I find it difficult to accept Calvin's notion that Christ didn't die for all of us given this many verses that say He did.

October 20, 2010 11:19 PM  
Blogger Tiber Jumper said...

John:
While you are trying to defend Calvin, Can you explain why he believed in baptismal regeneration but you and modern Calvinists don't? Here's some of Calvin's thoughts:

"1) My child, are you a Christian in fact as well as in name?

Yes, my father.

2) How is this known to you?

Because I am baptized in the name of the Father and of the Son and of the Holy Spirit."

3) How did you come into this communion of the church?

Through baptism.

4) What is this baptism?

It is the washing of regeneration and cleansing from sin."*

October 20, 2010 11:23 PM  
Blogger DP Cassidy said...

Tiber Jumper,

A couple of things if you want to tackle Calvin and Geneva in the future.

First, get a handle on the Servetus story. for what reason did Servetus flee to Geneva? He was an insurrectionist and hoped - incorrectly - that he would be safe in Geneva since there Catholic governments (!)couldn't put him to death. He was a wanted and hunted man - not unlike Tyndale who was so horribly treated by Thomas More and other Catholic authorities (If you want to start dragging out the stories of executed people, start with Tyndale, whose great crime was translating the Bible into English, for which he was strangled and then burned in Antwerp, and then had his bones pulverized, the dust of these mixed into mortar for pavement stones on which horses could defecate). All Europe rejoiced when Servetus was executed, though of course now such views on the matter would be held in derision by all sides of the ecclesiastical divide. Calvin wrote to Servetus and warned him not to come to Geneva, had NO civil authority in the Servetus case, only appearing as an expert witness to confirm Servetus' denial of the Trinity, visited Servetus in prison to persuade him to recant his views, and then interceded with the court to secure a more humane execution than burning (he was refused, as was often the case in Geneva - note the way they rebuffed him on sacraments, etc). Your 'Calvin as Dictator' caricature is simply mistaken.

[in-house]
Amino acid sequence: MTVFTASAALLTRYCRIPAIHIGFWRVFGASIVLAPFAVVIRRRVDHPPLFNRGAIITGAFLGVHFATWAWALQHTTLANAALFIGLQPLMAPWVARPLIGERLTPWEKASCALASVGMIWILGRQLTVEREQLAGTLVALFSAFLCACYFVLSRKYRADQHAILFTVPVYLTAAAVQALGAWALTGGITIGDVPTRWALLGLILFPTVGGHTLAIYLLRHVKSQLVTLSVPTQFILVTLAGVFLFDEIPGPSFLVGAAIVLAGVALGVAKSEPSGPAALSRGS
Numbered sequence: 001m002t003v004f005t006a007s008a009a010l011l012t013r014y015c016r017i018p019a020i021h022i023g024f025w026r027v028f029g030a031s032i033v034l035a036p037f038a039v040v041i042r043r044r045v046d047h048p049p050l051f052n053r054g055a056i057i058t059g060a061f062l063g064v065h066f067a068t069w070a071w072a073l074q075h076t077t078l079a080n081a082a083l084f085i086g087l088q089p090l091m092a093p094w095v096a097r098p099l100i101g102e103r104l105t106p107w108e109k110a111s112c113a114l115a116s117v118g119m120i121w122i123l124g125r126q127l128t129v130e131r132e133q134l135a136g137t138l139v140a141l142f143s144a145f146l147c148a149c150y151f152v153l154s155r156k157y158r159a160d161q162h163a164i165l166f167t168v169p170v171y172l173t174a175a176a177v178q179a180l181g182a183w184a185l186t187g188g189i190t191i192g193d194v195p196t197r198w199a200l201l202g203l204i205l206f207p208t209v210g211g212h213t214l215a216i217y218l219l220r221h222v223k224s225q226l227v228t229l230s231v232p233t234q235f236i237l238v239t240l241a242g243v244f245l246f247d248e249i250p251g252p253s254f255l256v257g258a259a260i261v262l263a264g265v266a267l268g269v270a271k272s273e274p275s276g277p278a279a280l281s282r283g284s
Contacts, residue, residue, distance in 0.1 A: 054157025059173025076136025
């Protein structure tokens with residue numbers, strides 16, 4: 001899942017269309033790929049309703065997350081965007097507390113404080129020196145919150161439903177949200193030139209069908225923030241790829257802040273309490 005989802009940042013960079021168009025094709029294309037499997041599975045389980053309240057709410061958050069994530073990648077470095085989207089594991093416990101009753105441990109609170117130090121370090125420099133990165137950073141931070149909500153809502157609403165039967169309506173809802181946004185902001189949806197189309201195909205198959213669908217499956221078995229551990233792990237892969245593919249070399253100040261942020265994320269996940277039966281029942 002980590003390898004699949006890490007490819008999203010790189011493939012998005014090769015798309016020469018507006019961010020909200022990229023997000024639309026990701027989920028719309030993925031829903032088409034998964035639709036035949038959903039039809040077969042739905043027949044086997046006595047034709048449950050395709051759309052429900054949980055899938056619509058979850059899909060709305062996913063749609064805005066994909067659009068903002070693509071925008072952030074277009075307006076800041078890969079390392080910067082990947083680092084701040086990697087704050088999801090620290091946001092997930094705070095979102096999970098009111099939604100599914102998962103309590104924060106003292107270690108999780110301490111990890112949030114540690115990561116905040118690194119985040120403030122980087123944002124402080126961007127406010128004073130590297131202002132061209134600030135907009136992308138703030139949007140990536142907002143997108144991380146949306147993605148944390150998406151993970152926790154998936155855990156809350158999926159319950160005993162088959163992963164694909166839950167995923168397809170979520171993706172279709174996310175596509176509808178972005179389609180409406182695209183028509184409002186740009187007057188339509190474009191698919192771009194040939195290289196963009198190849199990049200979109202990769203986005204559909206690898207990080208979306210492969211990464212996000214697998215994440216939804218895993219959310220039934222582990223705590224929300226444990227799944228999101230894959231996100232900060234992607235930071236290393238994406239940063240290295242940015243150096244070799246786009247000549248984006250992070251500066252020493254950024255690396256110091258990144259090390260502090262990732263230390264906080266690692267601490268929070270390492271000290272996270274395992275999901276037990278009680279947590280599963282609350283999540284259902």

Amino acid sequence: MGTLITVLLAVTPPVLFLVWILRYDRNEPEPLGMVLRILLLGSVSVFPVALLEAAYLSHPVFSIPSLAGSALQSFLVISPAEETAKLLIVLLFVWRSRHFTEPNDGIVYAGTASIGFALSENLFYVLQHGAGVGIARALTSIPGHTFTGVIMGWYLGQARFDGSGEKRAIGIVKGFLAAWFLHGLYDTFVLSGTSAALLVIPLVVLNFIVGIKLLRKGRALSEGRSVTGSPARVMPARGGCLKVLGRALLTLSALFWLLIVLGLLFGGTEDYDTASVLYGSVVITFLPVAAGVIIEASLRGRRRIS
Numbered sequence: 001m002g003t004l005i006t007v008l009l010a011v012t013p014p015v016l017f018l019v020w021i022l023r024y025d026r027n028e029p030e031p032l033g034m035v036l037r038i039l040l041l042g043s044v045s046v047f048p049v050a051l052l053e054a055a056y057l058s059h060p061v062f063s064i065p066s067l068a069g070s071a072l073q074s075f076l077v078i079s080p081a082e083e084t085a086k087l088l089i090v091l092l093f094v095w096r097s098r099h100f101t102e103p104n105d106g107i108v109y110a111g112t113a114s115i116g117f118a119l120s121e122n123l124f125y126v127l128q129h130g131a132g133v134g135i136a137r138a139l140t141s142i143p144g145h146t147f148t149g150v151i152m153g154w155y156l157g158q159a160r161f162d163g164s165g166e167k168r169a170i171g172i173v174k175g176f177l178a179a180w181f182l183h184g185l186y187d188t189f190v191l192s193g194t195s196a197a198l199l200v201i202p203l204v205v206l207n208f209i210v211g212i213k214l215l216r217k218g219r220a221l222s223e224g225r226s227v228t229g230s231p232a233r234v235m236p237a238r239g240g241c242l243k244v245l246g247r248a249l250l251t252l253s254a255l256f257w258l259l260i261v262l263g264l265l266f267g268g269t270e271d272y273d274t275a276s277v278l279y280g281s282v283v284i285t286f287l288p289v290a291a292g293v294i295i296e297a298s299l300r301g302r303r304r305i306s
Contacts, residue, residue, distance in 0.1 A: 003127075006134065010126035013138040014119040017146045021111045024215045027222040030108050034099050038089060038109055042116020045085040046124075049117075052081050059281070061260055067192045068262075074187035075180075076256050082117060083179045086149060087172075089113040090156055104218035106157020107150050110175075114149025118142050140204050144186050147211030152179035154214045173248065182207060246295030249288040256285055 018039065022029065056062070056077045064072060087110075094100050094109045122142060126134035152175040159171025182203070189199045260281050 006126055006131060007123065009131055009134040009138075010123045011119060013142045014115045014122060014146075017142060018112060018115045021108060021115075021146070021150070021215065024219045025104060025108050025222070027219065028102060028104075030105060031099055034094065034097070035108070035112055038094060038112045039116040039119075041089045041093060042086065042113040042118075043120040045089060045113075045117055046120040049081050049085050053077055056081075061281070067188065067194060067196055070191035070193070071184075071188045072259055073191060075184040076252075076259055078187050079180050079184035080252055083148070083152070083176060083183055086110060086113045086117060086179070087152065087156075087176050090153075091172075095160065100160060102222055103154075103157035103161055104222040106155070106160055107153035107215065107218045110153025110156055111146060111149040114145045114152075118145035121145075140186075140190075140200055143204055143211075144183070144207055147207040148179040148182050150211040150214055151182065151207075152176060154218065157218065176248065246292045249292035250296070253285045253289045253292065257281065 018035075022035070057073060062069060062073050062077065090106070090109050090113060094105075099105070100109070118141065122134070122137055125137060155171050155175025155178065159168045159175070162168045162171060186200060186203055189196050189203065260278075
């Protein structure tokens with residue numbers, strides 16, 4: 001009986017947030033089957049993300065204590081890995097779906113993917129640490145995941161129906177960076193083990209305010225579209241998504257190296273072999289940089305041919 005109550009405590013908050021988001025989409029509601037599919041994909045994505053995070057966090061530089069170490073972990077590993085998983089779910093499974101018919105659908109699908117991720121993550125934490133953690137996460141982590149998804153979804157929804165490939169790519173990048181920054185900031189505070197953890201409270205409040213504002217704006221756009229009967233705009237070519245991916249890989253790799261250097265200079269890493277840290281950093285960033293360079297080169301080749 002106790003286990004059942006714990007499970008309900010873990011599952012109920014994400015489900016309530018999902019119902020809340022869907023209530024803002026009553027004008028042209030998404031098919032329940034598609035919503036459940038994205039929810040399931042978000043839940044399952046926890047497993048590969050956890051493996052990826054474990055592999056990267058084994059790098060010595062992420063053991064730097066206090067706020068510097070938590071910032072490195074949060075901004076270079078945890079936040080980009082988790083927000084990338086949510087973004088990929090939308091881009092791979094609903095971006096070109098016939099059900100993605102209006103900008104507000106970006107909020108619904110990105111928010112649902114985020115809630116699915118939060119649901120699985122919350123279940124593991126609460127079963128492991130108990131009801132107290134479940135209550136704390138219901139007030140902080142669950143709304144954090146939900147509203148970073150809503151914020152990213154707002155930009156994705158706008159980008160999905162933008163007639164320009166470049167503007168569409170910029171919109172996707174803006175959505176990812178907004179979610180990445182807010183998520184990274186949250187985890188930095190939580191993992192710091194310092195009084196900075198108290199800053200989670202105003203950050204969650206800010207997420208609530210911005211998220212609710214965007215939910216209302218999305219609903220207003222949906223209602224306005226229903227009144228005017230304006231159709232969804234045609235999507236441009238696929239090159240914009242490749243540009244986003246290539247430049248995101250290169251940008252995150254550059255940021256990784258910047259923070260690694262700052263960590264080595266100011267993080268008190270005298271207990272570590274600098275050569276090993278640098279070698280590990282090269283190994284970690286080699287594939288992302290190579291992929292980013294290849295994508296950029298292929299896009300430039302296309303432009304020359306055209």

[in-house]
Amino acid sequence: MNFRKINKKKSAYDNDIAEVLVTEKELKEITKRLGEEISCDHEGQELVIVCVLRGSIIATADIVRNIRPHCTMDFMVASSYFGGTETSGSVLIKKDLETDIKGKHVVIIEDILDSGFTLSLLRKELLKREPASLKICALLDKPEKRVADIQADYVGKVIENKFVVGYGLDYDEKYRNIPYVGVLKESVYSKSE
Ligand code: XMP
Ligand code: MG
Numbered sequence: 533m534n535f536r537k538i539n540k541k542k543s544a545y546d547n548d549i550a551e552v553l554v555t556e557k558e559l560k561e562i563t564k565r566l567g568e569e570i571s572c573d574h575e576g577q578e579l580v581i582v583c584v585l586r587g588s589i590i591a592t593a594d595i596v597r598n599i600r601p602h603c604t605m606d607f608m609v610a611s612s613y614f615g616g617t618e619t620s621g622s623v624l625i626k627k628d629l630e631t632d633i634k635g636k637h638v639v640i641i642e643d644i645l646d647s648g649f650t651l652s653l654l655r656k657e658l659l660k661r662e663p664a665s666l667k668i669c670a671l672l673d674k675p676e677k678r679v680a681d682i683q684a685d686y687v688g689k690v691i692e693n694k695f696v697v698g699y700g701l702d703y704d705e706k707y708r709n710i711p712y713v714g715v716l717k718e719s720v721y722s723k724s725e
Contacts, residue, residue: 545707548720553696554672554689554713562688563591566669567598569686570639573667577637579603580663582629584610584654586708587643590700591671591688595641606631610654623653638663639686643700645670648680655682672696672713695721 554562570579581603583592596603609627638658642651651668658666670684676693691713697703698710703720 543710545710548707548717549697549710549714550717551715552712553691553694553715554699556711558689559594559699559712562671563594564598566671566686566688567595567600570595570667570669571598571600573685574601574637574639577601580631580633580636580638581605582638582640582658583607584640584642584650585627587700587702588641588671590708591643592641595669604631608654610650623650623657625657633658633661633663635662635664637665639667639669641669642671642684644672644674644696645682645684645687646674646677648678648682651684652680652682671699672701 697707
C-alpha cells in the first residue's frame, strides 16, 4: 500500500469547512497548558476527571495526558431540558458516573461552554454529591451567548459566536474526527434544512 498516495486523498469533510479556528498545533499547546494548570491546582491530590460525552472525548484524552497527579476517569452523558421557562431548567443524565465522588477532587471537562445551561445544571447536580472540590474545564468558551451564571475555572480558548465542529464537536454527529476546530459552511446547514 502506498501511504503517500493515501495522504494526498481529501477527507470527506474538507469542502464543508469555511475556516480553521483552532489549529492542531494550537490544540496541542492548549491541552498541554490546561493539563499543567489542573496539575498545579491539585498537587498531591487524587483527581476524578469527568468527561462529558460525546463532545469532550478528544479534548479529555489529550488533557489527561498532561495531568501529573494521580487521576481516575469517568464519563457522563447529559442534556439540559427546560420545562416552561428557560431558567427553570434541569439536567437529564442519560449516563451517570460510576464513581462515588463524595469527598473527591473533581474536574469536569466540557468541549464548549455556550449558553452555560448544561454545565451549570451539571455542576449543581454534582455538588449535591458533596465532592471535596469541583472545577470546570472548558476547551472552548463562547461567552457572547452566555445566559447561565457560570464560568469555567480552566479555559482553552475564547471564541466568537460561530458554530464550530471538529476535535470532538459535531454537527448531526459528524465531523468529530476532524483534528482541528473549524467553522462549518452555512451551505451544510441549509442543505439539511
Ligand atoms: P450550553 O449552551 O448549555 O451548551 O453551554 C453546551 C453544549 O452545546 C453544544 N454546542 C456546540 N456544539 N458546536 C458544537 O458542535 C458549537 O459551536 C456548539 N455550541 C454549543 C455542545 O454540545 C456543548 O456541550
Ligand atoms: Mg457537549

As for the question of sacraments, Calvin, Luther, Bucer and other very early Reformers were far closer to the Patristic view on this issue than later Reformed confessional statements. However, Calvin insisted that the sacraments were effectual unto the elect and this through the agency of the Holy Spirit, a view more developed in the Westminster Confession a little less than a century later. The Geneva catechism from which you quote is an excellent example of the high sacramental and ecclesial views of Calvin. With Bucer he hoped for a reunion of the Church in Europe, sans those practices that had become so offensive to so many. The colloquy of Regensberg which very nearly accomplished that great aim was attended by Bucer.

By the way, Calvinists don't deny heavenly reward for work accomplished in life; the denial is in regard to heaven itself as a reward for meritorious work in this life, and that any works done by the Christian are meritorious apart from the mediating grace of Christ.

Your other notes of refutation on what Calvinists hold are typical misunderstandings of the position confessed.

Let me encourage you to read Reformation history more thoroughly, and Reformed theology more circumspectly as written by the Reformed themselves. That's how I read Roman Catholic theology and history.

October 28, 2010 9:33 AM  
Blogger DP Cassidy said...

Tiber Jumper,

A couple of things if you want to tackle Calvin and Geneva in the future.